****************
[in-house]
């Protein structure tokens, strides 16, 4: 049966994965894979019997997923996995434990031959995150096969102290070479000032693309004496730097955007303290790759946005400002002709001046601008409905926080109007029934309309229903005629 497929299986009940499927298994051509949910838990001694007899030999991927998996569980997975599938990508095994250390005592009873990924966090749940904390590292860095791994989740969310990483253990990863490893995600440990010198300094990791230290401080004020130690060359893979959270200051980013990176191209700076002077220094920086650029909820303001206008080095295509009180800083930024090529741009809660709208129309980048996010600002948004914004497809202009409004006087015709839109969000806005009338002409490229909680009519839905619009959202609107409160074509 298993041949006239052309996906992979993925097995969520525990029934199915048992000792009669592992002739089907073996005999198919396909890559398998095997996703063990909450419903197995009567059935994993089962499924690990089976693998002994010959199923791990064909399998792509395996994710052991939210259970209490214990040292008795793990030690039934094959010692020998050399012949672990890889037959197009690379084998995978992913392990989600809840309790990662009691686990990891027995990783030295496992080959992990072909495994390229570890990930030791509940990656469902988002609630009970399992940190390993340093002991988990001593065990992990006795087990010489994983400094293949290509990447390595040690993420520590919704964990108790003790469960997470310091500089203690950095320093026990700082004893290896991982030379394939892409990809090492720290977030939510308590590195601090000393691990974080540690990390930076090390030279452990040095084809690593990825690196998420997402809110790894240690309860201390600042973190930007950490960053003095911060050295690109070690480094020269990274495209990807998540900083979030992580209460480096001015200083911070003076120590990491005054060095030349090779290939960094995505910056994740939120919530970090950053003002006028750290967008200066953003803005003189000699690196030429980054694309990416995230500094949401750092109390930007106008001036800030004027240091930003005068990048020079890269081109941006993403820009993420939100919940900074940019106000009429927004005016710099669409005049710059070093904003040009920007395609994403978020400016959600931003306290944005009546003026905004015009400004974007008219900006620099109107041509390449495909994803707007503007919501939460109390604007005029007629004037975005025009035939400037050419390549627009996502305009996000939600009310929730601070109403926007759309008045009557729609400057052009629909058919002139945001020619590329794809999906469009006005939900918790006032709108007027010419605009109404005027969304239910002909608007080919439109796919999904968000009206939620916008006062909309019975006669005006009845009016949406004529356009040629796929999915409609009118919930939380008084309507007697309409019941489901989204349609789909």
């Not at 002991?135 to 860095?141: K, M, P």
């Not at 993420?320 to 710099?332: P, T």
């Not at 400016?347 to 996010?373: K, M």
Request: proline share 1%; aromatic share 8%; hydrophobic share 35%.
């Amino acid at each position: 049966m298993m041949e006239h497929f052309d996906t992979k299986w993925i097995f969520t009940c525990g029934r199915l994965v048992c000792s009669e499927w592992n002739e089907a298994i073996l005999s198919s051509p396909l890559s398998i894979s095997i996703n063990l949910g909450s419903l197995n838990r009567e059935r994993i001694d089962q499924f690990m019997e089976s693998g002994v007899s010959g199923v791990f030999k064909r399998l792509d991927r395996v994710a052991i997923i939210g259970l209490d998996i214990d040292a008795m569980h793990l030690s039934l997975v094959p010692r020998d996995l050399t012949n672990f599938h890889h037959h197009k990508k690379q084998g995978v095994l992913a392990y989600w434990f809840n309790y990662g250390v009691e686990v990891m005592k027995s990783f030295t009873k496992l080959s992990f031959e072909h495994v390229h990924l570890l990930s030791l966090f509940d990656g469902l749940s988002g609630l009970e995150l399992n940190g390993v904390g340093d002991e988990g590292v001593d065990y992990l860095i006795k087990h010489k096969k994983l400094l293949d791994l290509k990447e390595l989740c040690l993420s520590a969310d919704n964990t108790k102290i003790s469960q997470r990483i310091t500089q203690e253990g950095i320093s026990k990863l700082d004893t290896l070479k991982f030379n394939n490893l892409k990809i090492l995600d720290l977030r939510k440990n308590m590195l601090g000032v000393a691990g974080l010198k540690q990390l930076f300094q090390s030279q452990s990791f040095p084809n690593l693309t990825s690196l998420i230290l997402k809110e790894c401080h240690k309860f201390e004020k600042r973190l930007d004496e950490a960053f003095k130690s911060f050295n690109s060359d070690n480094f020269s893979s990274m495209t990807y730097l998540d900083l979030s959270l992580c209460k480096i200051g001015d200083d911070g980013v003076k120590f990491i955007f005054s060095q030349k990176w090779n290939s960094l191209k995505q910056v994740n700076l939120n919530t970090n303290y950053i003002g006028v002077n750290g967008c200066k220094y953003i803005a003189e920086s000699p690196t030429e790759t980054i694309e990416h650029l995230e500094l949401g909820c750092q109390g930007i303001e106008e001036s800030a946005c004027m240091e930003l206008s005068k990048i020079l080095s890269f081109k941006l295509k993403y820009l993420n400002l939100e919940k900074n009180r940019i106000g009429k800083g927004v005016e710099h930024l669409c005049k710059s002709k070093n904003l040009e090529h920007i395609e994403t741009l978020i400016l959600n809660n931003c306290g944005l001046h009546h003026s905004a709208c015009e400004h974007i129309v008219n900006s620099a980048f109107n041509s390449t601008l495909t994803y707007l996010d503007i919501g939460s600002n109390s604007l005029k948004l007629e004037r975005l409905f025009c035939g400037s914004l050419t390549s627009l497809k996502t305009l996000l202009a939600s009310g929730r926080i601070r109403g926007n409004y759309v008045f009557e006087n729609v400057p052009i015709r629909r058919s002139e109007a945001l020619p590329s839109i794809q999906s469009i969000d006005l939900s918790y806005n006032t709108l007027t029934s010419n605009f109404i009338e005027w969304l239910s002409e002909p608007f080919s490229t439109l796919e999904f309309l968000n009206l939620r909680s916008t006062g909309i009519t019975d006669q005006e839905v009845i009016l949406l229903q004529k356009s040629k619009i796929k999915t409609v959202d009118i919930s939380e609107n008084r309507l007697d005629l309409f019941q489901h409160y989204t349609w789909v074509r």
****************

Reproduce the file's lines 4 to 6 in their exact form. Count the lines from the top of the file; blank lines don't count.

């Not at 993420?320 to 710099?332: P, T």
């Not at 400016?347 to 996010?373: K, M």
Request: proline share 1%; aromatic share 8%; hydrophobic share 35%.